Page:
|1923 Sep 10||20:47:29||Total||central||143||0.5149||1.043||166.9||03m37s|
|1925 Jan 24||14:54:03||Total||central||120||0.8661||1.030||206.4||02m32s|
|1925 Jul 20||21:48:42||Annular||central||125||-0.7193||0.944||299.6||07m15s|
|1926 Jan 14||06:36:58||Total||central||130||0.1973||1.043||146.6||04m11s|
|1926 Jul 09||23:06:02||Annular||central||135||0.0538||0.968||115.4||03m51s|
|1927 Jan 03||20:22:53||Annular||central||140||-0.4956||0.999||2.1||00m03s|
|1927 Jun 29||06:23:27||Total||central||145||0.8163||1.013||76.7||00m50s|
|1928 May 19||13:24:20||Total||non-central (S)||117||-1.0048||1.014||-||-|
|1929 May 09||06:10:34||Total||central||127||-0.2887||1.056||193.0||05m07s|
|1929 Nov 01||12:05:10||Annular||central||132||0.3514||0.965||134.5||03m54s|
|1930 Apr 28||19:03:34||Hybrid||central||137||0.4730||1.000||1.0||00m01s|
|1930 Oct 21||21:43:53||Total||central||142||-0.3804||1.023||84.3||01m55s|
|1932 Mar 07||07:55:50||Annular||central||119||-0.9673||0.928||1083.1||05m19s|
|1932 Aug 31||20:03:41||Total||central||124||0.8307||1.026||154.6||01m45s|
|1933 Feb 24||12:46:39||Annular||central||129||-0.2191||0.984||57.5||01m32s|
|1933 Aug 21||05:49:11||Annular||central||134||0.0869||0.980||71.0||02m04s|
|1934 Feb 14||00:38:41||Total||central||139||0.4868||1.032||122.8||02m53s|
|1934 Aug 10||08:37:48||Annular||central||144||-0.6890||0.944||280.3||06m33s|
|1935 Dec 25||17:59:52||Annular||central||121||-0.9228||0.975||234.5||01m30s|
|1936 Jun 19||05:20:31||Total||central||126||0.5389||1.033||132.1||02m31s|
|1936 Dec 13||23:28:12||Annular||central||131||-0.2493||0.935||250.7||07m25s|
|1937 Jun 08||20:41:02||Total||central||136||-0.2253||1.075||249.8||07m04s|
|1937 Dec 02||23:05:45||Annular||central||141||0.4389||0.918||344.4||12m00s|
|1938 May 29||13:50:19||Total||central||146||-0.9607||1.055||674.8||04m05s|
|1939 Apr 19||16:45:53||Annular||central||118||0.9388||0.973||285.0||01m49s|
|1939 Oct 12||20:40:23||Total||central||123||-0.9737||1.027||417.7||01m32s|
|1940 Apr 07||20:21:21||Annular||central||128||0.2190||0.939||230.0||07m30s|
|1940 Oct 01||12:44:06||Total||central||133||-0.2573||1.064||218.0||05m35s|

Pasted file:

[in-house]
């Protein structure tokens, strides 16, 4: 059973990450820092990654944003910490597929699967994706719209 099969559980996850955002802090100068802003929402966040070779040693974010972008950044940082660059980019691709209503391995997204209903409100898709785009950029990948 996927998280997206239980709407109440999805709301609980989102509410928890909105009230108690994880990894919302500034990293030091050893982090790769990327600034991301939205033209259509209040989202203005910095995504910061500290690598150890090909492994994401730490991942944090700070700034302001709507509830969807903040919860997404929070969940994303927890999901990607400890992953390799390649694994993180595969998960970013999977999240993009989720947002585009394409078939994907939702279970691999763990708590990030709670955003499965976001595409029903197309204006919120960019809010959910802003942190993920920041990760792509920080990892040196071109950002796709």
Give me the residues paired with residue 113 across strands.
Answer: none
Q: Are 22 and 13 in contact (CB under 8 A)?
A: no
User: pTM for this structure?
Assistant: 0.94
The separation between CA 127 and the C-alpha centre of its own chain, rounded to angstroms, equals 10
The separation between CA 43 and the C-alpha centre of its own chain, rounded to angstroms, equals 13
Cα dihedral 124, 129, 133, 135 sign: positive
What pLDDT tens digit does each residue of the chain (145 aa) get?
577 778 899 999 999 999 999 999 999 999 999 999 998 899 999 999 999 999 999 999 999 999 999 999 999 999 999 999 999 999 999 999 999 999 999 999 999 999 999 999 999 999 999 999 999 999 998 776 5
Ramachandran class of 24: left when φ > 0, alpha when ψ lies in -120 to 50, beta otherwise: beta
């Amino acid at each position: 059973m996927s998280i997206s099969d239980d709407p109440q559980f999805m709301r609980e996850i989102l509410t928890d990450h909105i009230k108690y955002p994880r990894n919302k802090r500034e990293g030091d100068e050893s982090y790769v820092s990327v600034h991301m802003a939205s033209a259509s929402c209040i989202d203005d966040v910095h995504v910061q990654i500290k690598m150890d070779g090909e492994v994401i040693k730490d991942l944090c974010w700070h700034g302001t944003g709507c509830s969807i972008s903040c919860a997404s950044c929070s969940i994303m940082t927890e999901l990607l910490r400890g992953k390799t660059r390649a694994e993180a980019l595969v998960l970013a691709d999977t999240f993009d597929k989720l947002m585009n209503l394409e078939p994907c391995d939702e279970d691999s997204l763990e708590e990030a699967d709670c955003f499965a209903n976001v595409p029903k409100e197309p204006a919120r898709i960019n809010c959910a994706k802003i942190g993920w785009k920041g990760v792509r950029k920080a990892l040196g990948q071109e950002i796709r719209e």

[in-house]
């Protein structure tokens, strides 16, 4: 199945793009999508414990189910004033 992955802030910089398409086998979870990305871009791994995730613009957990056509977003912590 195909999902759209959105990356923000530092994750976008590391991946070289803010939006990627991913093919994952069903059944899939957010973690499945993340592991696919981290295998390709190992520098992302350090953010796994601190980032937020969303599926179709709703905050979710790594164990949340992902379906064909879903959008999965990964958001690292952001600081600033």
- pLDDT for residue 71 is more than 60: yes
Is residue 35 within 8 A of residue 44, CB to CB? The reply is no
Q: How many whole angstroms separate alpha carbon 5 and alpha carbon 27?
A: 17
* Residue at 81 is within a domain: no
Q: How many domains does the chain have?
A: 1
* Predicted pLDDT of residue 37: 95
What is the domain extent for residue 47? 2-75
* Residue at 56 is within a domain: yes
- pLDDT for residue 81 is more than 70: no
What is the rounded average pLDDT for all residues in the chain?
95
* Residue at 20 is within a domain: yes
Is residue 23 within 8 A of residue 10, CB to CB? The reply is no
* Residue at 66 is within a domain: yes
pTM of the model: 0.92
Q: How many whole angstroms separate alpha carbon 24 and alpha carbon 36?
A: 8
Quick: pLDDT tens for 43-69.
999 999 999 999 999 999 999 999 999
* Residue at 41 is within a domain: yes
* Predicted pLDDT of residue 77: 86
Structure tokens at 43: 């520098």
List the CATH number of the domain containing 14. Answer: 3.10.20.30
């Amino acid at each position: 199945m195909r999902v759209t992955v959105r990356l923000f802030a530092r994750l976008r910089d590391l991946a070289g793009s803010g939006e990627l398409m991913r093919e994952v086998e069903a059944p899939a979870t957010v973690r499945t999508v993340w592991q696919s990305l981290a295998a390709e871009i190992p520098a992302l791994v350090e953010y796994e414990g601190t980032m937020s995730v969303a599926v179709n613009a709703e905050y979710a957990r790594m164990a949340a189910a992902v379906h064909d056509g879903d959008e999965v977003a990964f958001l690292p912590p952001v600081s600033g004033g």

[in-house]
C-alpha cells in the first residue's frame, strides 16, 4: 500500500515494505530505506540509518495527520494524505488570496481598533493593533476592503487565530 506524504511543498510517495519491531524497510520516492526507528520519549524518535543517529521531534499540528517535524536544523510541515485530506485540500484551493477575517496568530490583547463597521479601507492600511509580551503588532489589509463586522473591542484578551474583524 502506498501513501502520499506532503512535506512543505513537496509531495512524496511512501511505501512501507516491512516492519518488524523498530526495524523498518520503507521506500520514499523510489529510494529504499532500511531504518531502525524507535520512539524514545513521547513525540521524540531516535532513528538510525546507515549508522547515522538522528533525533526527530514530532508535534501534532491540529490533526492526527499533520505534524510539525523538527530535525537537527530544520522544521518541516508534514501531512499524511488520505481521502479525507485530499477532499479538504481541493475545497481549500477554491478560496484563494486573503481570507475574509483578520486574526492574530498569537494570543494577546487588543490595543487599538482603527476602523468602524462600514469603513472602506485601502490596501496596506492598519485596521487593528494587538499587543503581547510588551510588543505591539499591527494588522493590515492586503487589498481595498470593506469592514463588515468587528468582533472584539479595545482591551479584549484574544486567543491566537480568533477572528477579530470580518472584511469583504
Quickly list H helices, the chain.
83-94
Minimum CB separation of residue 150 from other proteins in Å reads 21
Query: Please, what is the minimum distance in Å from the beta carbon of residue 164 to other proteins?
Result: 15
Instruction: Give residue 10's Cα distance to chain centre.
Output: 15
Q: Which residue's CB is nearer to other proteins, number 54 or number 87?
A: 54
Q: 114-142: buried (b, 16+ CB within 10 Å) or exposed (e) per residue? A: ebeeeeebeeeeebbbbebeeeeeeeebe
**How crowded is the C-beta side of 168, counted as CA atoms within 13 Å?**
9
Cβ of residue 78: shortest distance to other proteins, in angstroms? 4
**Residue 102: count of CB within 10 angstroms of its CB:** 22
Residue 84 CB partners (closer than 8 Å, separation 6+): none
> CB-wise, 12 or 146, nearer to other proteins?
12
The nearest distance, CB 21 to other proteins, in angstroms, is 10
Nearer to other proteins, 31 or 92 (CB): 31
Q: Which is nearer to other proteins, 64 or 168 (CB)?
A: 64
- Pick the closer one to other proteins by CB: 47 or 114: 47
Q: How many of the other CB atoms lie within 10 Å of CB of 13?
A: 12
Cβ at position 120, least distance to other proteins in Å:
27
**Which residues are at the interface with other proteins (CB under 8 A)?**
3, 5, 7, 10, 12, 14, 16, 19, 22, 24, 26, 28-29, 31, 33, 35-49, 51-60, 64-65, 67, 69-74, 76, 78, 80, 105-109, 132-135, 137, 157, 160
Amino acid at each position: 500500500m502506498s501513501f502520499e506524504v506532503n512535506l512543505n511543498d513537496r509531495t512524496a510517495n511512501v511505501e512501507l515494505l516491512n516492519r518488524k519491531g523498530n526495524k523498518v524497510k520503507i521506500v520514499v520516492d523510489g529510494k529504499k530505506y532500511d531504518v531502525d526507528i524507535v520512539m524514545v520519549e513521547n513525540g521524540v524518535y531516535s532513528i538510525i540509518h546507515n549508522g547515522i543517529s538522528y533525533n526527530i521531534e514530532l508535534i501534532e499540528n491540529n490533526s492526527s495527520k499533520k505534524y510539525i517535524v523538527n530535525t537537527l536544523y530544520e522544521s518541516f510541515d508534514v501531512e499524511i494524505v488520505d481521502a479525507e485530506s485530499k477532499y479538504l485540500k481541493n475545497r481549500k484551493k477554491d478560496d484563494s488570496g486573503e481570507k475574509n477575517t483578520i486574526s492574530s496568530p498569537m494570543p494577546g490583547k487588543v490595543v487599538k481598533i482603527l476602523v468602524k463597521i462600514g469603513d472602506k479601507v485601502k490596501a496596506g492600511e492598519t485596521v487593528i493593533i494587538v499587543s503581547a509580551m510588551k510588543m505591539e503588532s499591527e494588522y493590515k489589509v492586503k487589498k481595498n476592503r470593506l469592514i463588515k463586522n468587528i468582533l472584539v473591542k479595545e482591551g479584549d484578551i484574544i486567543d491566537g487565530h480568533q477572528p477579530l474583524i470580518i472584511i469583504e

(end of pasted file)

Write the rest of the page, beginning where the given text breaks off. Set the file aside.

Central Eclipse Class abbreviations (used above):
N = no northern limit, S = no southern limit, AT = annular-total hybrid, TA = total-annular hybrid
 Greatest Eclipse is the instant when the distance between the Moon's shadow axis and Earth's center reaches a minimum.
 Hybrid eclipses are also known as annular/total eclipses. Such an eclipse is both total and annular along different sections of its umbral path.
 Eclipse magnitude is the fraction of the Sun's diameter obscured by the Moon. For annular eclipses, the eclipse magnitude is always less than 1. For total eclipses, the eclipse magnitude is always greater than or equal to 1. For both annular and total eclipses, the value listed is actually the ratio of diameters between the Moon and the Sun.
Each of the following links displays a table containing 20 years of total, annular and hybrid eclipses. Each eclipse offers links to a global map, shadow animation, interactive Google map, path coordinates table, and saros table.
|Twenty Year Solar Eclipse Path Tables (w/Google Maps)|
Each link in the following table displays a page containing 10 years of eclipses. Every eclipse has links of global maps, interactive Google maps, animations, path coordinate tables, and saros tables.
|Decade Tables of Solar Eclipses|
All eclipse calculations are by Fred Espenak, and he assumes full responsibility for their accuracy. Some of the information presented on this web site is based on data originally published in:
Permission is freely granted to reproduce this data when accompanied by an acknowledgment:
"Eclipse Predictions by Fred Espenak, NASA's GSFC"
For more information, see: NASA Copyright Information